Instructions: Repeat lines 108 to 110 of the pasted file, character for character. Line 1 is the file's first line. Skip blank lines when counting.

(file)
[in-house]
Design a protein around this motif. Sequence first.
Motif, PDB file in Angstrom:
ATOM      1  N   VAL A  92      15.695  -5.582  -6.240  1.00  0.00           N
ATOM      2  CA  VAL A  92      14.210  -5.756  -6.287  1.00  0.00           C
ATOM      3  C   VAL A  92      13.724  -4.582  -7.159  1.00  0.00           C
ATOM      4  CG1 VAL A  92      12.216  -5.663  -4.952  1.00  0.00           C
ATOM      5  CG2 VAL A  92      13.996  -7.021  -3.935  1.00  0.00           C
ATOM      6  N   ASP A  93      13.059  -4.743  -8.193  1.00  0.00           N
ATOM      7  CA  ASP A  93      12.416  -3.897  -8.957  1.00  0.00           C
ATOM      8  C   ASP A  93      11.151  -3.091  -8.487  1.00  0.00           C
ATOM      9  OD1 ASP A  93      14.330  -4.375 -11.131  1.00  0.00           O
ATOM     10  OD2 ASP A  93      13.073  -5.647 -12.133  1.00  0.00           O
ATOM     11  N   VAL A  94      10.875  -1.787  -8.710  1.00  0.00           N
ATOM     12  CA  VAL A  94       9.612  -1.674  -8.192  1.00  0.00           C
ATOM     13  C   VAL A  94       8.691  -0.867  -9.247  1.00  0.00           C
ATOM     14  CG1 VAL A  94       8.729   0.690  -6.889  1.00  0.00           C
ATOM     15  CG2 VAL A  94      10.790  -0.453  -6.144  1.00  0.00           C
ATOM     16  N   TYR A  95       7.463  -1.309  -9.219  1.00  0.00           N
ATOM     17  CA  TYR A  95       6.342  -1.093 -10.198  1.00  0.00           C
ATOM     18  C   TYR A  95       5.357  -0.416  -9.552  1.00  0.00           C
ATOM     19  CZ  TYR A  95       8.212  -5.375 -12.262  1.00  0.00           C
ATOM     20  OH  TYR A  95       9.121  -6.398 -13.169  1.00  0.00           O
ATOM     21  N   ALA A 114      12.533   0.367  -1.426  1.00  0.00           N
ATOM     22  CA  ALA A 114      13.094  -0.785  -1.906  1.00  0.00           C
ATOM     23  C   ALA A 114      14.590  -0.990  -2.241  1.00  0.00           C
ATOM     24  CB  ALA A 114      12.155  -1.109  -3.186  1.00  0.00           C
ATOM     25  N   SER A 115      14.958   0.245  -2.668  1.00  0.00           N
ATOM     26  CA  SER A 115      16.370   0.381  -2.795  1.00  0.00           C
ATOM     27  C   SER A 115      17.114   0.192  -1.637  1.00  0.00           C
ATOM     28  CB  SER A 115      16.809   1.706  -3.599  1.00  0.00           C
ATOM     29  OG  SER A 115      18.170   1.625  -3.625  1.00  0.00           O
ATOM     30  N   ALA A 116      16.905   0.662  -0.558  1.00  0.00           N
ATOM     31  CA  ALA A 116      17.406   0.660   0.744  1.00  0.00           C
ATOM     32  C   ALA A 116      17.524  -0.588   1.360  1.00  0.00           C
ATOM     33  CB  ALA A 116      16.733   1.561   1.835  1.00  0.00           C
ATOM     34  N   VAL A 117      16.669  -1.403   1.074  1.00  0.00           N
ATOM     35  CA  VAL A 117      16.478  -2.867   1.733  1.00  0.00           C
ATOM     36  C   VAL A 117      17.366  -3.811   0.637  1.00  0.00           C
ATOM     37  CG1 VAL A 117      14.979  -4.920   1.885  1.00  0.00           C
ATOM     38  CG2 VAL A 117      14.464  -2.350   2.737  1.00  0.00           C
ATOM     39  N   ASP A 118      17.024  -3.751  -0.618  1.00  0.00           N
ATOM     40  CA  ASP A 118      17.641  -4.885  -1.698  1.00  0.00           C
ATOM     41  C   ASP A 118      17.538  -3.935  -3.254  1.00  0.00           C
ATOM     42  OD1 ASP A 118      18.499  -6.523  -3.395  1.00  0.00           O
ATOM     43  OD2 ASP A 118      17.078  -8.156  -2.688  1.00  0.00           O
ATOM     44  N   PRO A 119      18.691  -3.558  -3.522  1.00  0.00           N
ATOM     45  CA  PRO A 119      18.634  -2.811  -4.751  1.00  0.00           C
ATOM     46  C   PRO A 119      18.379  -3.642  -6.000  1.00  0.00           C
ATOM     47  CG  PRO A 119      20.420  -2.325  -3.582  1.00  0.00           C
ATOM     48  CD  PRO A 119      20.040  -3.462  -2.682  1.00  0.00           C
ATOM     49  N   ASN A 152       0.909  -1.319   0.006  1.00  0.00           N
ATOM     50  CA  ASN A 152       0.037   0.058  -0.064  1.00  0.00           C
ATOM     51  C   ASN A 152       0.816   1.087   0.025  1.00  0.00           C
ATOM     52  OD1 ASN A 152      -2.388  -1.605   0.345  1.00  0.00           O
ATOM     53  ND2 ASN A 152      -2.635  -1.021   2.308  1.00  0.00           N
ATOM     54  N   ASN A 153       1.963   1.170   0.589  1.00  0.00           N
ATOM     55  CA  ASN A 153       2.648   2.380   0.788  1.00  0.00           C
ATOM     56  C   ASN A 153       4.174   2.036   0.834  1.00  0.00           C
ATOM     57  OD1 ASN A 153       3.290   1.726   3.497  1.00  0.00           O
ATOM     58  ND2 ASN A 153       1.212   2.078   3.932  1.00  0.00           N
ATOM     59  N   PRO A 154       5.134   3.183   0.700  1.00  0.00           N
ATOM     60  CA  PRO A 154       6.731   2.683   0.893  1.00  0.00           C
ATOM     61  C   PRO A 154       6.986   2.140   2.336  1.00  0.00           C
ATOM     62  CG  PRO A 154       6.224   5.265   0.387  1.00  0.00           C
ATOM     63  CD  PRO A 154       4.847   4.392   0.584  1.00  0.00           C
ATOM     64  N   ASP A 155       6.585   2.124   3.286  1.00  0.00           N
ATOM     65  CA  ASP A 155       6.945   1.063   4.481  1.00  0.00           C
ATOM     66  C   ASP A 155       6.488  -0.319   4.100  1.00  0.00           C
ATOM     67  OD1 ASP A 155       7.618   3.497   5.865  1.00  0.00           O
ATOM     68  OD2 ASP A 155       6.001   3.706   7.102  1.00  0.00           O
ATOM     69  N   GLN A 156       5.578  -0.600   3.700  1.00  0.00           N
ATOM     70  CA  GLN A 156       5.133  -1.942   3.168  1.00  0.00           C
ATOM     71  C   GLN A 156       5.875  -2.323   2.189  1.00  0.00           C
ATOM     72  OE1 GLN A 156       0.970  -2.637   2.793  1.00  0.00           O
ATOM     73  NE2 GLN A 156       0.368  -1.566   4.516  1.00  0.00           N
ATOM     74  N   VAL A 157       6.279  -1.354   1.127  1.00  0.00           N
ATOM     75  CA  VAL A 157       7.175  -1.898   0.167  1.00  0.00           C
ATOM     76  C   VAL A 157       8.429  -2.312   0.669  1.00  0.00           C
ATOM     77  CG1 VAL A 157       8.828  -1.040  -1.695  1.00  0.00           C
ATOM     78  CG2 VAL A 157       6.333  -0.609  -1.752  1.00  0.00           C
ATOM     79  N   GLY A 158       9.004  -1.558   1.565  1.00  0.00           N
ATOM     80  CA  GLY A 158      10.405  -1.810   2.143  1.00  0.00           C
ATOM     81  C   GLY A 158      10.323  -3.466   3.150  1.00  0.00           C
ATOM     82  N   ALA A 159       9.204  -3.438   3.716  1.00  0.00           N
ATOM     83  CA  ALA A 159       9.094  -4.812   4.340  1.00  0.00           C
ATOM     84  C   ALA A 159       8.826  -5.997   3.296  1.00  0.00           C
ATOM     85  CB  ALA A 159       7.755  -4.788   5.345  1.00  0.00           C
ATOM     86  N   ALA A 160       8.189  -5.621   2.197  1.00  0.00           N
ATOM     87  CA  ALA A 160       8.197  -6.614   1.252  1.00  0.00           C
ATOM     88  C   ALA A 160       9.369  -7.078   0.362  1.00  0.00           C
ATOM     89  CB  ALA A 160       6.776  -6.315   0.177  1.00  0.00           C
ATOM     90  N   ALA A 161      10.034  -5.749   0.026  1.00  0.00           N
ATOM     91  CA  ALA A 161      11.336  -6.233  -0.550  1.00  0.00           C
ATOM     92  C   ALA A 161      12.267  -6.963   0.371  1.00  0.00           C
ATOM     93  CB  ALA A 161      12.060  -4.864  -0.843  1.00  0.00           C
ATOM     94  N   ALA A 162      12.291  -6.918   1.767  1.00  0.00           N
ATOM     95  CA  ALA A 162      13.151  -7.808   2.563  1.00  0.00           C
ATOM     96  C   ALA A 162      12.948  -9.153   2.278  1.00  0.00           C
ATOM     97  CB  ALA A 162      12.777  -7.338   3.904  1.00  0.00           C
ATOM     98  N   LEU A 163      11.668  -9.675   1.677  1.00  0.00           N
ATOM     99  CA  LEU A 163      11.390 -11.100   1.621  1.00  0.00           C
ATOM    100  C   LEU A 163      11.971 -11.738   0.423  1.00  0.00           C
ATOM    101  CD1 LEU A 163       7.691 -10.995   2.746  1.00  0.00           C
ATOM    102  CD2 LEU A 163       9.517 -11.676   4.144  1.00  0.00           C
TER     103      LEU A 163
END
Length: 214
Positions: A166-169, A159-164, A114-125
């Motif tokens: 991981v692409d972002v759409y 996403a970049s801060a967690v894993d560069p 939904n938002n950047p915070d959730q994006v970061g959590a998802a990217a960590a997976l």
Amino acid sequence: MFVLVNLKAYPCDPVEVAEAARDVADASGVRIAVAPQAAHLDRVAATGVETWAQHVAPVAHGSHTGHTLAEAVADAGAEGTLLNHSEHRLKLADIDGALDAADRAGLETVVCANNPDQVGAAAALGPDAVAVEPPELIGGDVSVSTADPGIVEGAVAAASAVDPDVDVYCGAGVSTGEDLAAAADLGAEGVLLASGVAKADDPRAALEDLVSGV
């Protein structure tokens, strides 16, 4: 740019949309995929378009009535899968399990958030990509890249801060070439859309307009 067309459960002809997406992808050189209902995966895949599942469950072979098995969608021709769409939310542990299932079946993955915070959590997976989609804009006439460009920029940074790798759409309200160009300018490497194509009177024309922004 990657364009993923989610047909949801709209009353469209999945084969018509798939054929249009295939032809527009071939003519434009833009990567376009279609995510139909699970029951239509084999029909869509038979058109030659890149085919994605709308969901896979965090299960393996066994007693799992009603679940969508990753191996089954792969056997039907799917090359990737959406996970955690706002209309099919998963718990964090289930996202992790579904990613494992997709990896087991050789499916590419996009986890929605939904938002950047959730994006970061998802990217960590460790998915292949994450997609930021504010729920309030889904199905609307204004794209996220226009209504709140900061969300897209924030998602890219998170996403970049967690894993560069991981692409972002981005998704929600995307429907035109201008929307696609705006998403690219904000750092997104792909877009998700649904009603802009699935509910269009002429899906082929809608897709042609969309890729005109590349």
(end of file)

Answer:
Length: 214
Positions: A166-169, A159-164, A114-125
């Motif tokens: 991981v692409d972002v759409y 996403a970049s801060a967690v894993d560069p 939904n938002n950047p915070d959730q994006v970061g959590a998802a990217a960590a997976l």